You suddenly find yourself in charge of a scholarly/teaching organization of some kind. You decide that the first thing you want to do is make digital scholarship/communication a significant reality. What do you do?
I would rather not define specifically what digital humanities is—mainly because I believe it is not a department/field specific study. At least in the long term; that is, for the short-term, I do believe it will involve a particular concentration on trying to see the world in terms of one big archive and discovering solutions for access and distribution of the material it contains. But eventually, this is going to be mostly tool driven and those tools will become less field-specific causing any methodologies to also become less field-specific (though, of course, each discipline will still retain their core). And so my vision involves cross-departmental studies, meaning I would rather have a skeletal digital humanities department, with many courses cherry-picked from other departments as well as designed in collaboration with them until such time as the DH reaches some sort of critical mass and other disciplines accept what they do as part of maintaining that world archive.
I see the curriculum as beginning with a common entry point branching off to specializations. But the entry point is not just core classes that people need to be exposed—it is that—but it is also a time to reorient people. Of course the core would contain literary courses (from an English department), but also a “Philosophy of…” set of courses: Philosophy of programming, textual encoding, library sciences, anthropology, art/design, communication, linguistics, philosophy—these would be designed as interdisciplinary seminars. Basically, we need lots of people from lots of fields and experiences talking together, sharing their intellectual history. I would like to see the destination of these courses not be so much writing-papers (though it is hard for me to not want to make that a component) but designed to produce a class project—some problem or challenge that the class has discovered during their tour, that they need to work out all the collaborative logistics in order to design a solution.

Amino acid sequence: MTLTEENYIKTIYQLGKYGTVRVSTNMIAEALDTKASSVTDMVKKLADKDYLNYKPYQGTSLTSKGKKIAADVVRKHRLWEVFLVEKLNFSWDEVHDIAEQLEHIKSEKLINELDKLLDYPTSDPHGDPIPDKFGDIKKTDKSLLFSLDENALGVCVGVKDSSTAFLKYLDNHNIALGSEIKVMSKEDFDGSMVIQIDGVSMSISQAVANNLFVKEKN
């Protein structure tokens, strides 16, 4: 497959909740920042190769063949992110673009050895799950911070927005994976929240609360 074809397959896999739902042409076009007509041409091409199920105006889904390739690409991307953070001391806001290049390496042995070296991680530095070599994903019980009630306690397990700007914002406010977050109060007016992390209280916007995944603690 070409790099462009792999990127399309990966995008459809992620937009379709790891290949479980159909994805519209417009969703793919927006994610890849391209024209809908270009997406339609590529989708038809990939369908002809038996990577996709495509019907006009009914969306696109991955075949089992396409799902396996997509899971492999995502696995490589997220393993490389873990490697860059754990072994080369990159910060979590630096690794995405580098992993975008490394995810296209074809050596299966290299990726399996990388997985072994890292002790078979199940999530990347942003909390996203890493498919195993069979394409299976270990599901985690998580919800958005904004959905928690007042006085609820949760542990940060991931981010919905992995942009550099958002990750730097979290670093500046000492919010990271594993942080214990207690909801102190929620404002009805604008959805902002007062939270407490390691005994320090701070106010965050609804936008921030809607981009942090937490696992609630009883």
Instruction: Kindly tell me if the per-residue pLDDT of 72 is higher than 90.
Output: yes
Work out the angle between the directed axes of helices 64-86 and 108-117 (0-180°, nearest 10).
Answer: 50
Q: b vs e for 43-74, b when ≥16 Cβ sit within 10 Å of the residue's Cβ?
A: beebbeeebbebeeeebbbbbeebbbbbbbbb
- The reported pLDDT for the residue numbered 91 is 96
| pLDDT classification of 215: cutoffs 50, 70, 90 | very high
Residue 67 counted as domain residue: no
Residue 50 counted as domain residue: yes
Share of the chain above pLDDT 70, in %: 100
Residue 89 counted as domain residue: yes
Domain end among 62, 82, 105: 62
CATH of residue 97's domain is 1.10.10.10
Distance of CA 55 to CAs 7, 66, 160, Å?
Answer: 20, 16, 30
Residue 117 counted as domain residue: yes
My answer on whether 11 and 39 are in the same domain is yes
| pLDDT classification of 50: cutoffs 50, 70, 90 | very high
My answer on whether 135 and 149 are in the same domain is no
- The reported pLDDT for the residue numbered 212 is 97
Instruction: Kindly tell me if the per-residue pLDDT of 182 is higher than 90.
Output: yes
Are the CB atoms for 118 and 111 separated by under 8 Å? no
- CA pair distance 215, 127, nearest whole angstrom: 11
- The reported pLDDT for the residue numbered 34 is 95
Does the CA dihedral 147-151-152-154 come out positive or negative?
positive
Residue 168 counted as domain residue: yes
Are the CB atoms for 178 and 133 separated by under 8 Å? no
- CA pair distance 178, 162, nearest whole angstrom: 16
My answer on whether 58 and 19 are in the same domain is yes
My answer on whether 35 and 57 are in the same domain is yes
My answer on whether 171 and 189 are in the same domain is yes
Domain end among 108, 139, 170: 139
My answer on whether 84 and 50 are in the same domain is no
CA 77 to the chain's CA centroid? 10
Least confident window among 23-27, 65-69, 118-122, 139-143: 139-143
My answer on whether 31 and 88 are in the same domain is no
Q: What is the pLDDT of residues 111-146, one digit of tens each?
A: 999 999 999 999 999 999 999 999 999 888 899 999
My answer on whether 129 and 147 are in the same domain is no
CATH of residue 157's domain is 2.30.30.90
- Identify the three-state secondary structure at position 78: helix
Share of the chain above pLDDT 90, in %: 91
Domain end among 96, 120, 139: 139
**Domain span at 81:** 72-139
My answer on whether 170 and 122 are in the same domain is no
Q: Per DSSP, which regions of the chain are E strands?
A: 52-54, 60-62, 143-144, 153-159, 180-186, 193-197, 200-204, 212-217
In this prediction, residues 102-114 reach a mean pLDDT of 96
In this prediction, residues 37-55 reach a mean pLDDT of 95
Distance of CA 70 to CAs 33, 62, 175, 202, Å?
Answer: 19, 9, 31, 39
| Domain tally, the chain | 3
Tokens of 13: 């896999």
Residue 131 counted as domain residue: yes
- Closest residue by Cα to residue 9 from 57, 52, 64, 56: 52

In addition to these Philosophy Of courses, some basic programming courses would be necessary. It’s hard to speak a language without actually having spoken it. But they could be literary oriented (i.e. design a parser). Unfortunately, development environments have not come of age yet, and so there also needs to be continual hands-on work throughout students’ academic journey. And so in addition to the Philosophy of Textual encoding, I think there also needs to be specific course that concentrate on different specific types/methods of encoding throughout their program.
The specialization/concentration parts of the curriculum are basically applied Philosophy Of courses. Technology makes this necessary. If you’re going to use film, you need to have real experience with not only the equipment, but the design and practicality considerations as well. I think they should be two-semester courses–one to get in the mud and play, and the second to take what they learn out into the world by working on a project for someone in the real world. This could involve becoming resources for Project Bamboo or some such other organization.
In a sense, my particular digital humanities program might be considered generally as an applied philosophy program–one where we address different technologies, obviously, but also the collaborative learning process, with the aim of re-visioning the world as an archive.